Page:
a. The need is many organs and tissues such as the heart, lungs, liver, kidneys, pancreas, corneas, bone, skin, heart valves, and blood vessels(Iowa Statewide Organ Procurement Organization undated brochure).
b. A new name is added to the national waiting list every 16 minutes. That means that 3 people will be added to the list during the time we are in class today.
1) The problem is that 10 people will die each day waiting for an organ transplant (LifeSource: Questions and Answers). 2) The reason is that are only on the average 5,000 donors nationally per year (LifeSource: Statistics).
c. You can choose to donate any needed organs or you can specify which organs or tissues you wish to donate.
2.. Organ donation is very important.
a. The following poem by Robert Test entitled, "To Remember Me," shows the importance of organ donation.
"Give my sight to the man who has never seen a sunrise, a baby's face or love in the eyes of a woman. Give my heart to a person whose heart has caused nothing but endless days of pain... Take my bones, every muscle, every fiber and nerve in my body and find a way to make a crippled child walk...Take my cells, if necessary, and let them grow so that, someday, a speechless boy will shout at the crack of a bat and a deaf girl will hear the sound of rain against her window (South Dakota Lions Eye Bank, undated brochure).
b. Not only is this a problem nationally but also it is a big problem right here at home in the Midwest.
1) Nationally, there are over 62,000 people waiting as of October 7, 1998. As of October 7, 1998, there are 1,422 people from Minnesota, North Dakota, South Dakota, and part of Wisconsin that are on the organ waiting list (LifeSource: Statistics).
2) The sad part is that there have only been 104 donors in the Midwest so far from January 1998 through August 1998 (LifeSource: Newsnotes).
[Transition: I'm sure that you can see the need for people like you to donate your organs. The majority of this class has already said they would like to donate their organs when they die. But you might be asking, well, how can I make sure my organs are donated after I die? Let me tell you.]
B. This is how you go about making sure your organs are donated.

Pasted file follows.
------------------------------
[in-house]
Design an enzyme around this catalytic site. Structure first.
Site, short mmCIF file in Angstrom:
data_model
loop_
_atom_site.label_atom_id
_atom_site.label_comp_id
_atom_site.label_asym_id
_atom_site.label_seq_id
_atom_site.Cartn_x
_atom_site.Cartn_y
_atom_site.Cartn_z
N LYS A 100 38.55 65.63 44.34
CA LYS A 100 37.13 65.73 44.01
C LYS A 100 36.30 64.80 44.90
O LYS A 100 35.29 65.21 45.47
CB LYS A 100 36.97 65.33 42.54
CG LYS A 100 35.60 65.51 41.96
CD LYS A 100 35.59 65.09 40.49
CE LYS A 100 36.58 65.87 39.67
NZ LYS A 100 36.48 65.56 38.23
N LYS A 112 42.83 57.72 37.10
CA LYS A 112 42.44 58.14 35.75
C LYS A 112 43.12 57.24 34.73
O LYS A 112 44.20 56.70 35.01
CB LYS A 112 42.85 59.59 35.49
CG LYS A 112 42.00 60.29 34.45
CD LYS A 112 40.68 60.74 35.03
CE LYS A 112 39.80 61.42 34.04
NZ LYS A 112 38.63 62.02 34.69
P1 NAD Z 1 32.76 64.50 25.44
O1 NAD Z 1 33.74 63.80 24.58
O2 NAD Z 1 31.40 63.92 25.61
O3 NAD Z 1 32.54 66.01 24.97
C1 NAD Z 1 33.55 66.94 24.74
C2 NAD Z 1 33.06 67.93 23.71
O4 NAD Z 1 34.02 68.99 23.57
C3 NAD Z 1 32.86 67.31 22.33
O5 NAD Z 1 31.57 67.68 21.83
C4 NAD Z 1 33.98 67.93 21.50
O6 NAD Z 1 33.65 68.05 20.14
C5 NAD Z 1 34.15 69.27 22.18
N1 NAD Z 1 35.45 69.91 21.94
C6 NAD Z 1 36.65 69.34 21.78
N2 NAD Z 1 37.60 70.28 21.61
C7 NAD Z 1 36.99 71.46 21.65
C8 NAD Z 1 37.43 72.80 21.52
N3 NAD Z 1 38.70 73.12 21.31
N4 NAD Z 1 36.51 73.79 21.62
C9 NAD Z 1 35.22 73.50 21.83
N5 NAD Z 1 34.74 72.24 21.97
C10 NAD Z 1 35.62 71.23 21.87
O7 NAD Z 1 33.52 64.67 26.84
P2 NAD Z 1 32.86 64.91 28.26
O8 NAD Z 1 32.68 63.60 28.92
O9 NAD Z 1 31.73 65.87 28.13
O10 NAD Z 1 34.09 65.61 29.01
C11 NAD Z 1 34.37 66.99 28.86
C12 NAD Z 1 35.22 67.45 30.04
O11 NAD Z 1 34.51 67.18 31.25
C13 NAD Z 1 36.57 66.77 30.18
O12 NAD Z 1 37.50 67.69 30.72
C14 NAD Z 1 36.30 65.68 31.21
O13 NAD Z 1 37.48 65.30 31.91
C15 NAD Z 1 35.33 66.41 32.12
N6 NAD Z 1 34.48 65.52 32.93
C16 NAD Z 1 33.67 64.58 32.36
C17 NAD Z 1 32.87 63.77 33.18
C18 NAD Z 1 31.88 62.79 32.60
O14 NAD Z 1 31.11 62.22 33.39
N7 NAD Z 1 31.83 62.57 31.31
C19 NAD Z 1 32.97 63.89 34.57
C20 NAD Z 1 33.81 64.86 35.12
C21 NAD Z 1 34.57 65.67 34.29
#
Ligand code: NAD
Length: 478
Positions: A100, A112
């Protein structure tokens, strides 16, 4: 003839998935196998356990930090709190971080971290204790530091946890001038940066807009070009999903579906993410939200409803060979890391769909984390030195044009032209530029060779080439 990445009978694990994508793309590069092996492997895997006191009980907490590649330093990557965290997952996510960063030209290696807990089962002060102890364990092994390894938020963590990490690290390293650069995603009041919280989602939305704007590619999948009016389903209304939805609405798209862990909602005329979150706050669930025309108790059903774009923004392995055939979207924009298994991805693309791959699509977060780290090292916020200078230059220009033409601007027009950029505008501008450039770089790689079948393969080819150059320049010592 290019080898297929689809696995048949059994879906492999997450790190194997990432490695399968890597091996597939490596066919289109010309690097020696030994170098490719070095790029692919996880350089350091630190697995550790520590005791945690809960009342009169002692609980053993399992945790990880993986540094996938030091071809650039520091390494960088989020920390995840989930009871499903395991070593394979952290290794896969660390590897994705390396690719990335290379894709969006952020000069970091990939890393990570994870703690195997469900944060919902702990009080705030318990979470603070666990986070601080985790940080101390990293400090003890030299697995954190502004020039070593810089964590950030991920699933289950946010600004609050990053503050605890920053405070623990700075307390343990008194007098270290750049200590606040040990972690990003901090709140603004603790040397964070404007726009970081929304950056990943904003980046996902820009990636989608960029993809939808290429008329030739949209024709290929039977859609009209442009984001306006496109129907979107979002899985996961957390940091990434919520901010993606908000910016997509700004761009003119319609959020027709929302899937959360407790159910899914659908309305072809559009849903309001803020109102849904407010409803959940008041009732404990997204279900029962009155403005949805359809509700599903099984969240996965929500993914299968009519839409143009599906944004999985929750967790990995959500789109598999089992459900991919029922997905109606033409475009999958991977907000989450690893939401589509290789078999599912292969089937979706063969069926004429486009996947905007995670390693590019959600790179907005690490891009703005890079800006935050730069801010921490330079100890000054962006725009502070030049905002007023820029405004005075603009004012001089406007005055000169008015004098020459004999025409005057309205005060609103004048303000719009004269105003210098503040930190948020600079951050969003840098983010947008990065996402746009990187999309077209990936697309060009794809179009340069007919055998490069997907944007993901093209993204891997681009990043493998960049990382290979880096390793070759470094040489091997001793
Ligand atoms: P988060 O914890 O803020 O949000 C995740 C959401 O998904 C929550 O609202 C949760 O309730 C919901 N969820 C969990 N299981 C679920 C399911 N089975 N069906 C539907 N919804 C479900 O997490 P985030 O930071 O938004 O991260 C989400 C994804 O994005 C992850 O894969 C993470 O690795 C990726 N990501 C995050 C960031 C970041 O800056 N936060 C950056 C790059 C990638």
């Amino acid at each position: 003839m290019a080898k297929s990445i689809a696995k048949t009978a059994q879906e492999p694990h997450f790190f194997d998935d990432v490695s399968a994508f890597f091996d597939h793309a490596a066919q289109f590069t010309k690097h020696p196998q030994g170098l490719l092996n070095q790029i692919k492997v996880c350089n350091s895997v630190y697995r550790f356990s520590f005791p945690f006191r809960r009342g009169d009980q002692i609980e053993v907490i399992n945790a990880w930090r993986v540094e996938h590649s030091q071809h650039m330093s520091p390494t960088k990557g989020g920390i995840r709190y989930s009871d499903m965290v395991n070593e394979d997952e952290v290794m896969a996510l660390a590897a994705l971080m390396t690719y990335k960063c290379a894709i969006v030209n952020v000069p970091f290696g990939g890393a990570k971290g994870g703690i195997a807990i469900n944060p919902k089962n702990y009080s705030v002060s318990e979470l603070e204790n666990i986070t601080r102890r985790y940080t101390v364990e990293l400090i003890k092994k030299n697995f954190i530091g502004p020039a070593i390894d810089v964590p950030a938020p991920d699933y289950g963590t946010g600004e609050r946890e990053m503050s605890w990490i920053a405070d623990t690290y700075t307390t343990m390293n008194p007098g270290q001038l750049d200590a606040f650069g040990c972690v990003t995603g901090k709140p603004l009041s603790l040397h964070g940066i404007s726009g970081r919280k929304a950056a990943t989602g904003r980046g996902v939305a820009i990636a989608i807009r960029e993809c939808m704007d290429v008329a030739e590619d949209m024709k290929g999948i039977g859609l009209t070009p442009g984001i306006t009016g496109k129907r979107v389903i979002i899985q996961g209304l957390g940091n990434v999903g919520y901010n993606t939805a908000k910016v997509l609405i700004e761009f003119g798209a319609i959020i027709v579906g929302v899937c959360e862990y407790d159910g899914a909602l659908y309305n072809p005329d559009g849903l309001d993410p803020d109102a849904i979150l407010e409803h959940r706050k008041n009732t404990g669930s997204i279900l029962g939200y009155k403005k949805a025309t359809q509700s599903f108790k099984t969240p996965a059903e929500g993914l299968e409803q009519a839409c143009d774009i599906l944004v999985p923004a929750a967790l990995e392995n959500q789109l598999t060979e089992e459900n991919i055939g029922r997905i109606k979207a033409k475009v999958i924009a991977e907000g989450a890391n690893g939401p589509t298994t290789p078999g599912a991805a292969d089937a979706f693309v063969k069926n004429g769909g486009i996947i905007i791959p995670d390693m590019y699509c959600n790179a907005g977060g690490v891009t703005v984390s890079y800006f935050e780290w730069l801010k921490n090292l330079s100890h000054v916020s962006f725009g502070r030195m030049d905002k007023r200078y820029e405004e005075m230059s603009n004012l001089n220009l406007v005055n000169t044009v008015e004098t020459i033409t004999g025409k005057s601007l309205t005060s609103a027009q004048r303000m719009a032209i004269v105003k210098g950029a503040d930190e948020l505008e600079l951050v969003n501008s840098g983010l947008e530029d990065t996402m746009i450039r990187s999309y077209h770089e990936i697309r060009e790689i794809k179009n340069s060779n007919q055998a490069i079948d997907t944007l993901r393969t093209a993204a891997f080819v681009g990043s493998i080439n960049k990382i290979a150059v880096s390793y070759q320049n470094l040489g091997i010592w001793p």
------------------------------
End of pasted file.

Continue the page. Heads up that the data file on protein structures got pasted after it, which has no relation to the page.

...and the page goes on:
1. Talk with your family about your decision. They will be involved in the donation arrangements when you die. If they do not know your wishes of becoming a donor, your wishes may never be carried out.
2. Mark your driver's license so that your license indicates your intent to donate. Each state varies.
a. Fill out, sign and carry a uniform donor card with you. b. This donor card says what organs you wish to have donated and also has places for your family members to sign as witnesses after you have discussed your decision with them (Gundersen Lutheran Hospital [LaCrosse, WI] undated brochure).
[Transition: You can see that it isn't difficult to be an organ donor. Now let's look at what may happen if you choose to donate your organs and what may happen if you choose not to.]
C. Organ donation benefits both the donor's family and the recipients.
1. If you do donate your organs, your family and the people who receive your organs might benefit in a similar way like this family. A seventeen year old died of head injuries in a car accident. His mom decided to donate his organs. His heart went to a prison chaplain, his kidneys went to a mother of 5 children and a Vietnam vet. The Vietnam vet is "energetic" and finally is getting his college degree. The teenager gave life to others and his family feels a sense of satisfaction and comfort that other lives have been touched by his (University of Wisconsin Hospital and Clinics 1991 brochure).